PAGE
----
Fire From the Sky

This summer, KHC features daily posts about the speakers and topics in the Humanities catalog. Today’s featured presentation is “Fire From the Kansas Sky: The Piatt Street Plane Crash of 1965” by D.W. Carter.

Piatt Street Memorial, Wichita. Image via City of Wichita.

Piatt Street Memorial, Wichita. Image via City of Wichita.

On a cold Saturday morning in 1965, an Air Force KC-135 tanker carrying 31,000 gallons of jet fuel crashed into a congested African American neighborhood in Wichita. When the fire subsided, 47 people, mostly children, were dead or injured, several homes were destroyed, and families were splintered. “This tragedy touched so many people through various socioeconomic lines,” says KHC scholar D.W. Carter.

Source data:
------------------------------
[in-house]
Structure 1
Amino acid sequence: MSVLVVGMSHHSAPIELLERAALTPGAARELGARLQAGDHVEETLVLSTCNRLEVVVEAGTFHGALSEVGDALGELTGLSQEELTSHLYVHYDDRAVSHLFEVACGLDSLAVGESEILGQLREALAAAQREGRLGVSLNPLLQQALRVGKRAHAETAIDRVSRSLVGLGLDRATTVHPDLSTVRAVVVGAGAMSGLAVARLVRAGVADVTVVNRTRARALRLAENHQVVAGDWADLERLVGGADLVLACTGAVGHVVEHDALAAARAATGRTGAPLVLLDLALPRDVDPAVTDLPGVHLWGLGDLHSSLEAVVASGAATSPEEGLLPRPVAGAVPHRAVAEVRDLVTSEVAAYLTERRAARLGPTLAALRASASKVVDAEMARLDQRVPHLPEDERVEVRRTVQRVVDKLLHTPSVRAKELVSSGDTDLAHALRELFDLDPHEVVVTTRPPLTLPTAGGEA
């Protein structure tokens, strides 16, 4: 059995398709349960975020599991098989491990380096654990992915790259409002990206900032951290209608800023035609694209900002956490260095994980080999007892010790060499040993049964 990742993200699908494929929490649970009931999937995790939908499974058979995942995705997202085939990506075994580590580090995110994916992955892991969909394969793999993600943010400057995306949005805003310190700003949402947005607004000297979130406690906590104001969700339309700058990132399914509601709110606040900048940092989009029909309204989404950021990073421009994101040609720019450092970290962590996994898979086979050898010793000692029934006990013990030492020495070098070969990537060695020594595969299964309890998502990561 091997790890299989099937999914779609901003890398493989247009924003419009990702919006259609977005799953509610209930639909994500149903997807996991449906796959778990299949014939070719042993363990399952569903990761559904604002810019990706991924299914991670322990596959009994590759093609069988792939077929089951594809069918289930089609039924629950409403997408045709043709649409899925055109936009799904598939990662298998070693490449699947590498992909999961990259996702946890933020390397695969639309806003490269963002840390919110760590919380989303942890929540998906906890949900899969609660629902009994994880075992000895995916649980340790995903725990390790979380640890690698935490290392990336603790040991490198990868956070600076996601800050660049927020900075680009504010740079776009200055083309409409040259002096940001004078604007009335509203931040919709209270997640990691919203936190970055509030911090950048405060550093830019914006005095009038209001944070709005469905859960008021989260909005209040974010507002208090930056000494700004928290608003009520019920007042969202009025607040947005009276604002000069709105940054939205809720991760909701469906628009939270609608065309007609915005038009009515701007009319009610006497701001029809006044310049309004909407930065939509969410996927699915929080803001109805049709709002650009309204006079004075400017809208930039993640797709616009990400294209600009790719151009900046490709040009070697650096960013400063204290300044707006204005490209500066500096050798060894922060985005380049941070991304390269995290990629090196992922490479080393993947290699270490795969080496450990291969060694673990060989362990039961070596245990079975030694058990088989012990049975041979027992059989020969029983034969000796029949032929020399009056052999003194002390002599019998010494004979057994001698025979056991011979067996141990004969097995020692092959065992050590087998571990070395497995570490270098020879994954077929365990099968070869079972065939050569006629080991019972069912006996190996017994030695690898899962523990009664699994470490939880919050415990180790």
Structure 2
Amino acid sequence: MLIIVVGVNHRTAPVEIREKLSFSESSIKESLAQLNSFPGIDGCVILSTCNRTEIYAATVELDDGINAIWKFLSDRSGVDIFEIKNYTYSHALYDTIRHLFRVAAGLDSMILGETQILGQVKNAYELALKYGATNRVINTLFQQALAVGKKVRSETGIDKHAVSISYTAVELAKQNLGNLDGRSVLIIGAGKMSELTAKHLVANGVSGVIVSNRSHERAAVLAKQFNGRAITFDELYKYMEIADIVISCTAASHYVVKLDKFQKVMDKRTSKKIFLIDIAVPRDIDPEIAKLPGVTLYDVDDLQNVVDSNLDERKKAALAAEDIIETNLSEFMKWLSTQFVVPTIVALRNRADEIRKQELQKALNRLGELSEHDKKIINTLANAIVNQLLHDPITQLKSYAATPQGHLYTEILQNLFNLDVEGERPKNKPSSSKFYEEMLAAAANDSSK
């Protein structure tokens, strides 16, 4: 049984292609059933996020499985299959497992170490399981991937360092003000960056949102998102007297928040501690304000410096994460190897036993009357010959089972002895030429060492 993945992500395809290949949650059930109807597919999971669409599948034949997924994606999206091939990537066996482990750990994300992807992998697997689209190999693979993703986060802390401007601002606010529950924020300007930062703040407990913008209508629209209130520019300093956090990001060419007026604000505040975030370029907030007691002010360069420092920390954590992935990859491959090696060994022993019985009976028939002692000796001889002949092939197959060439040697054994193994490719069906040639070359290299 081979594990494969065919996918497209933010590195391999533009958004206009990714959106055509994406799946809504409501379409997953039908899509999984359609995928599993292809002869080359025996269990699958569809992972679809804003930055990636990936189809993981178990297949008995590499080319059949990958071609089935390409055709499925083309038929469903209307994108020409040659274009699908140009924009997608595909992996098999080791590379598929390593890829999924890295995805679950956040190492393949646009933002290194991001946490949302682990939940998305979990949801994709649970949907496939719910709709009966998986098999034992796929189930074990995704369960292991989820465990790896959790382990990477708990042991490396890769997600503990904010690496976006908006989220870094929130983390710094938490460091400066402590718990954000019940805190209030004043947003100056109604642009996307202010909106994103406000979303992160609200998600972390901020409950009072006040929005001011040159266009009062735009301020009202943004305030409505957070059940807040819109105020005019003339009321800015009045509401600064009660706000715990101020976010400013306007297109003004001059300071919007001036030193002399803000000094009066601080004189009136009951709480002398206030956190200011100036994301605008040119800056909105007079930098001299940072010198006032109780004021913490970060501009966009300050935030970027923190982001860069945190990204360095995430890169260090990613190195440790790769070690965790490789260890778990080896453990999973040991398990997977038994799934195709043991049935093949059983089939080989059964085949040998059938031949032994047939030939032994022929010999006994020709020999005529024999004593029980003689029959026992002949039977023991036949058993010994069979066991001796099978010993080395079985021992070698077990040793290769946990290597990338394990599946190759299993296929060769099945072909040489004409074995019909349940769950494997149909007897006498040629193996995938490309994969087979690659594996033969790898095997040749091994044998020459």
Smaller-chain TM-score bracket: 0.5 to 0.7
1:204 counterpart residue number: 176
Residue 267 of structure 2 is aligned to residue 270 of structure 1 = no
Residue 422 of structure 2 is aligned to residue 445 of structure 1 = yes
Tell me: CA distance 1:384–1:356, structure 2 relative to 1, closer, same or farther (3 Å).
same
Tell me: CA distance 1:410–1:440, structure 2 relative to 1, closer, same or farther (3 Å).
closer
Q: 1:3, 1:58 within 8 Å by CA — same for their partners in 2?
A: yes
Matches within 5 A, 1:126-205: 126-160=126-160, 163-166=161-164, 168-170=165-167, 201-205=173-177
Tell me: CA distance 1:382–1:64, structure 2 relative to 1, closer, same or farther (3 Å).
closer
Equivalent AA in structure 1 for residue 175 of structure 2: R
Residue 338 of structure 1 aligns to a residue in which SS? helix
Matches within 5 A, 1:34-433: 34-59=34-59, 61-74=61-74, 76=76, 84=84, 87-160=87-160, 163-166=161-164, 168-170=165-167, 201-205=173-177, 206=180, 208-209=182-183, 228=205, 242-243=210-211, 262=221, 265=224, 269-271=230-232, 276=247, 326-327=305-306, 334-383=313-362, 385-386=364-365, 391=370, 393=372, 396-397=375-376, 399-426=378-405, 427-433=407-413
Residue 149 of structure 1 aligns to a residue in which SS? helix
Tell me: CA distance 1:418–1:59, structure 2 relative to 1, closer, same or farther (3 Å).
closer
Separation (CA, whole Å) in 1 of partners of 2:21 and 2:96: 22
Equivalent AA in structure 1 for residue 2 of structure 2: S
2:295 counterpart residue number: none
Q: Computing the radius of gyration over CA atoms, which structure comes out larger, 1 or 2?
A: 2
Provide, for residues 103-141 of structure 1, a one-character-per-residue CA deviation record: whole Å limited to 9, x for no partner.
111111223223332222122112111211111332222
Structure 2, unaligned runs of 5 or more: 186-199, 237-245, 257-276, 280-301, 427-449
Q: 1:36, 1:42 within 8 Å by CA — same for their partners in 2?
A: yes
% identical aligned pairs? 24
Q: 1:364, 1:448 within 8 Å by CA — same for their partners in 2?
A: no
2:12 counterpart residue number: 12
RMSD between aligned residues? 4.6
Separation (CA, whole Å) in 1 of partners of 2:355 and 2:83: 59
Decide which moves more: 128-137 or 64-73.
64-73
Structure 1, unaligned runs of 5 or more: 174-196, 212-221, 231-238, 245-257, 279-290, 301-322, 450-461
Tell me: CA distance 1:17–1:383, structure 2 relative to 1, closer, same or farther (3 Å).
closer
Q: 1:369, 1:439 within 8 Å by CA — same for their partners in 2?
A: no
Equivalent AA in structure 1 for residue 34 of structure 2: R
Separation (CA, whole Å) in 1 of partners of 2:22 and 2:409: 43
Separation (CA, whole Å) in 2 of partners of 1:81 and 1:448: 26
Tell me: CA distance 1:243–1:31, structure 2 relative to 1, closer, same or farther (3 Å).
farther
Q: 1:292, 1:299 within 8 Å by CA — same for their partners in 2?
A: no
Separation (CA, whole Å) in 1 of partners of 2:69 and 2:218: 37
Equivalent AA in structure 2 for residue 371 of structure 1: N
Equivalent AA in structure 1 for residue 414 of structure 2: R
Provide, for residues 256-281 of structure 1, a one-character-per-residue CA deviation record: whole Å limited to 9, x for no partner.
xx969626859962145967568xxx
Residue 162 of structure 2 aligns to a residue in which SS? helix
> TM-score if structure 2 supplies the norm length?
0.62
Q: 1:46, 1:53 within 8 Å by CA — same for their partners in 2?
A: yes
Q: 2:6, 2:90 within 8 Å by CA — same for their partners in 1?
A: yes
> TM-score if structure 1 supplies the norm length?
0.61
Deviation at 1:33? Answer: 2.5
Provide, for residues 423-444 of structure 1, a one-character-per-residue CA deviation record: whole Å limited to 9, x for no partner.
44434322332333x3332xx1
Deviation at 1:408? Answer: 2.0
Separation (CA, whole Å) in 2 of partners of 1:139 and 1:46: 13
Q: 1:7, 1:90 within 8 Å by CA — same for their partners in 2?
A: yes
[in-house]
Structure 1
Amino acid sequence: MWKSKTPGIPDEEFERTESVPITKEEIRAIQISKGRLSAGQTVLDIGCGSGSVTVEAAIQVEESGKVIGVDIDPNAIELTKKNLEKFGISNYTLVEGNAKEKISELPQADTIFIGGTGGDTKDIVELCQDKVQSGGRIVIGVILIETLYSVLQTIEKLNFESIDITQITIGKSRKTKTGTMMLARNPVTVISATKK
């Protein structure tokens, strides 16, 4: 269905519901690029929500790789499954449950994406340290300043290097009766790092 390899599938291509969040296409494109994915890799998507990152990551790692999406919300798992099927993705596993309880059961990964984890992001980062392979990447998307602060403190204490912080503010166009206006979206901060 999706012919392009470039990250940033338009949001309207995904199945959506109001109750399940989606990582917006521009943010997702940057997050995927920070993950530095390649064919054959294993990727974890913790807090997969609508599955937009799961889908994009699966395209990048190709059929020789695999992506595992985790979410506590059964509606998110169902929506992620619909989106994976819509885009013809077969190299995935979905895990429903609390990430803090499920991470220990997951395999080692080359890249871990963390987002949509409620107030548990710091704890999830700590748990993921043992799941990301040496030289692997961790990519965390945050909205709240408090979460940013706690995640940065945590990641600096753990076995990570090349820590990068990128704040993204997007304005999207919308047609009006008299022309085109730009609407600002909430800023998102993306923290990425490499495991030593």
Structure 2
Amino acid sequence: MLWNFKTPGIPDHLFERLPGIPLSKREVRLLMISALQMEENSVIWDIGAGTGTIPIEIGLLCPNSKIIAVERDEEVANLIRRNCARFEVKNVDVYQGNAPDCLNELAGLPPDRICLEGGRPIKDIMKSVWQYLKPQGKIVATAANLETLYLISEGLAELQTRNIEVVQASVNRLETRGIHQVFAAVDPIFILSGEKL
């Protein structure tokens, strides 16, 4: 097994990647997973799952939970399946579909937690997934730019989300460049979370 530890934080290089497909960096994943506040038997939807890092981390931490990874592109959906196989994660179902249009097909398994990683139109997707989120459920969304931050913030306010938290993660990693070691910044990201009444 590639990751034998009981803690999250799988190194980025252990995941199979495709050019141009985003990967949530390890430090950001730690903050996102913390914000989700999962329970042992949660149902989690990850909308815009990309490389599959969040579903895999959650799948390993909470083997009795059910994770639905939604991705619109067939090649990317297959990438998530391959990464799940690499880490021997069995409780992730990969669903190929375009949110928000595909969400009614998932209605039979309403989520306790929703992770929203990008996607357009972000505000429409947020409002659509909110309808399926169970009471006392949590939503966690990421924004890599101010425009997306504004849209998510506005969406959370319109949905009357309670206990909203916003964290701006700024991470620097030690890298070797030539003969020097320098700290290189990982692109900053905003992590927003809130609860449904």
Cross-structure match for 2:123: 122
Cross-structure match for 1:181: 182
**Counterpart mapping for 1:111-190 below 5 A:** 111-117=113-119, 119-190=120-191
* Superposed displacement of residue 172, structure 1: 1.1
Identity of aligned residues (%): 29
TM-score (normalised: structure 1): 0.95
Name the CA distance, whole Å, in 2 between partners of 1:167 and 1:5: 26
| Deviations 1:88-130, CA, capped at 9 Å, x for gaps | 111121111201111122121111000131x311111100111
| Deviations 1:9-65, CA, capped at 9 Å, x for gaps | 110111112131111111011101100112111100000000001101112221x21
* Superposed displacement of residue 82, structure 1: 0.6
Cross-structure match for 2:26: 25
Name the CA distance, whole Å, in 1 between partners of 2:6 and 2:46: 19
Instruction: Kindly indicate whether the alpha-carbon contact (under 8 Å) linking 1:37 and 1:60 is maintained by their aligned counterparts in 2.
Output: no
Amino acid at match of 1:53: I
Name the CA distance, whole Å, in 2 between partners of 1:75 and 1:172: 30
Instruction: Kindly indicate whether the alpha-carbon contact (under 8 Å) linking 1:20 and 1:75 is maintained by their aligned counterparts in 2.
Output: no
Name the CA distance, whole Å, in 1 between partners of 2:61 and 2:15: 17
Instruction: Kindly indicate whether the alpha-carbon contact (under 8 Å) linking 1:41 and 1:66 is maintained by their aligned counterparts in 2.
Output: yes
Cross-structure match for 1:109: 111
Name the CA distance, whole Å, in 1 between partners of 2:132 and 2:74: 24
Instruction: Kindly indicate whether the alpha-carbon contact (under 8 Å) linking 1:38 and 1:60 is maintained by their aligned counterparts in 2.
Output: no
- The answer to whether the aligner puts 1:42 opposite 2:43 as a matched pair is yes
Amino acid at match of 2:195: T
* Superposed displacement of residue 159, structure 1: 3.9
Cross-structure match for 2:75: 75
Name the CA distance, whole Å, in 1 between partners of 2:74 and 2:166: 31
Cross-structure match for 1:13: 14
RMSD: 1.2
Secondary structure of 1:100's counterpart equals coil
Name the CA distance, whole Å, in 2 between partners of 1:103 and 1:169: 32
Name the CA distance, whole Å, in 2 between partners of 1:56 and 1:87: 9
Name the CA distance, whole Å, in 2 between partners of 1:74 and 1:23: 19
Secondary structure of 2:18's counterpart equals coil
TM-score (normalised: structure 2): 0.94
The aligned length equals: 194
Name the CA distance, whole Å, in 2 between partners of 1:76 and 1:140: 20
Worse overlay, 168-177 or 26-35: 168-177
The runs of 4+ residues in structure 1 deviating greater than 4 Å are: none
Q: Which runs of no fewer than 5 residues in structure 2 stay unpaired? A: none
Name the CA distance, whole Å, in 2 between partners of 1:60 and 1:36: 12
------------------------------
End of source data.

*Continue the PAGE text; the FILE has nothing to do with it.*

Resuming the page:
The accident is also rarely mentioned in Kansas history discussions today. “By remembering and retelling the story, we are providing much needed healing to those who were affected,” says Carter. His presentation, “Fire From the Kansas Sky: The Piatt Street Plane Crash of 1965,” explores why the plane crashed, how the community responded, and how race relations in Wichita were further strained because of the disaster.

D.W. Carter

D.W. Carter

D.W. Carter is a historian, best-selling author, and educator specializing in military and social history. Originally from Elizabethtown, Kentucky, Carter was stationed at McConnell Air Force Base in 2003 and now considers himself a Kansan

You can bring D.W. Carter’s “Fire From the Kansas Sky: The Piatt Street Plane Crash of 1965” or one of the other presentations in the Humanities catalog to your community for FREE with a Resource Center Support Grant. It’s quick and easy! Visit the Speakers Bureau page to get started or contact Leslie Von Holten, director of programs, at leslie(at)kansashumanities.org for more information.